By Leah Nylen | Bloomberg
The Federal Trade Commission filed a notice in court that it intends to appeal a ruling by a federal judge in California allowing Microsoft Corp. to move forward with its $69 billion acquisition of Santa Monica-based Activision Blizzard.
The FTC will ask the Ninth Circuit Court of Appeals in San Francisco to overturn US District Judge Jacqueline Scott Corley’s finding that the blockbuster game deal won’t thwart competition in the markets for console, subscription and cloud gaming and harm consumers.
Corley on Tuesday denied the agency’s request for a preliminary injunction that would have stopped the takeover from closing before a July 18 deadline. She extended a temporary restraining order that blocks Microsoft from closing the deal until midnight US West Coast time on Friday.
The FTC’s legal challenge to the tie-up is part of an effort by Commission Chair Lina Khan to more aggressively police mergers, particularly those by the biggest tech platforms.
“The facts haven’t changed,” Activision said Wednesday in a statement. “We’re confident the US will remain among the 39 countries where the merger can close. We look forward to reinforcing the strength of our case in court, again.”
Microsoft President Brad Smith said the company is disappointed that “the FTC is continuing to pursue what has become a demonstrably weak case.”
“The district court’s ruling makes crystal clear that this acquisition is good for both competition and consumers,” he said in a statement.
Read More: Microsoft Set for New Shot at Winning UK Over on Activision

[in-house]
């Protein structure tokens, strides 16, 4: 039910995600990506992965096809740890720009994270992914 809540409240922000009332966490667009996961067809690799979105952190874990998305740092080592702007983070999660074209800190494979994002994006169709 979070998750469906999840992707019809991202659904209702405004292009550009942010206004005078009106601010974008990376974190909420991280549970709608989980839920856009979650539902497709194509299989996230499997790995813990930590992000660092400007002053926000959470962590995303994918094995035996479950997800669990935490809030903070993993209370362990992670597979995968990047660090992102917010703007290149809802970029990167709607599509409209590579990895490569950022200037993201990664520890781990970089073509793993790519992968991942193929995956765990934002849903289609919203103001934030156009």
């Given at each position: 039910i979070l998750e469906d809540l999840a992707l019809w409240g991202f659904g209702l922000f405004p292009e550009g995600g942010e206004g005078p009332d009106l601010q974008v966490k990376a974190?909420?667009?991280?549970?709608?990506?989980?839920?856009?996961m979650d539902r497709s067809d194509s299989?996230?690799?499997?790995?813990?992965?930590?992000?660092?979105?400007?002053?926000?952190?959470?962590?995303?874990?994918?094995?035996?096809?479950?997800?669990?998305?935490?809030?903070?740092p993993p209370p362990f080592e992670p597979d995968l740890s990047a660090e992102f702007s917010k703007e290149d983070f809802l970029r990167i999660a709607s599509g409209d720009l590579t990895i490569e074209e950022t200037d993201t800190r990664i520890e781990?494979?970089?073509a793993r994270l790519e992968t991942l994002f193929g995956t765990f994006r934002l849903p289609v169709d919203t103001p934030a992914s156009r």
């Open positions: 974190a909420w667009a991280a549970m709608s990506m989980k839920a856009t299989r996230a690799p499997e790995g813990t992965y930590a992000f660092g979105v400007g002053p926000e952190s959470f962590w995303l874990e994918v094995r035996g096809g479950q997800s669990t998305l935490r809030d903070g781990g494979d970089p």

Robert Lande, a professor at the University of Baltimore School of Law, said Tuesday that Corley was too strict about the level of certainty she required from the FTC’s case. The law only requires the agency show that a deal “may” substantially lessen competition, not that it “will” or “is likely to,” he said.
“I believe the judge evaluated the case using the wrong standard and I believe the FTC should appeal,” said Lande, who gave a lecture at the FTC in March on research into how courts have applied that antitrust standard to mergers.
Stanford Law Professor Doug Melamed, however, said he believes it’s unlikely the appeals court would rule before the deal’s deadline.
“It’s extremely unlikely that the FTC could persuade the Court of Appeals to enjoin the merger before July 18,” said Melamed, a former Justice Department antitrust official.
The case is Federal Trade Commission v. Microsoft Corp., 3:23-cv-02880, US District Court, Northern District of California (San Francisco).
OpenAI’s ChatGPT bot probed by FTC over consumer harms
Microsoft gets OK to buy Activision Blizzard for $69B, judge rules
Aviation: A look at flying car technology and other new aircraft
Bill to make Big Tech pay publishers for news falters
Musk v. Zuck: Meta’s Twitter challenger Threads goes live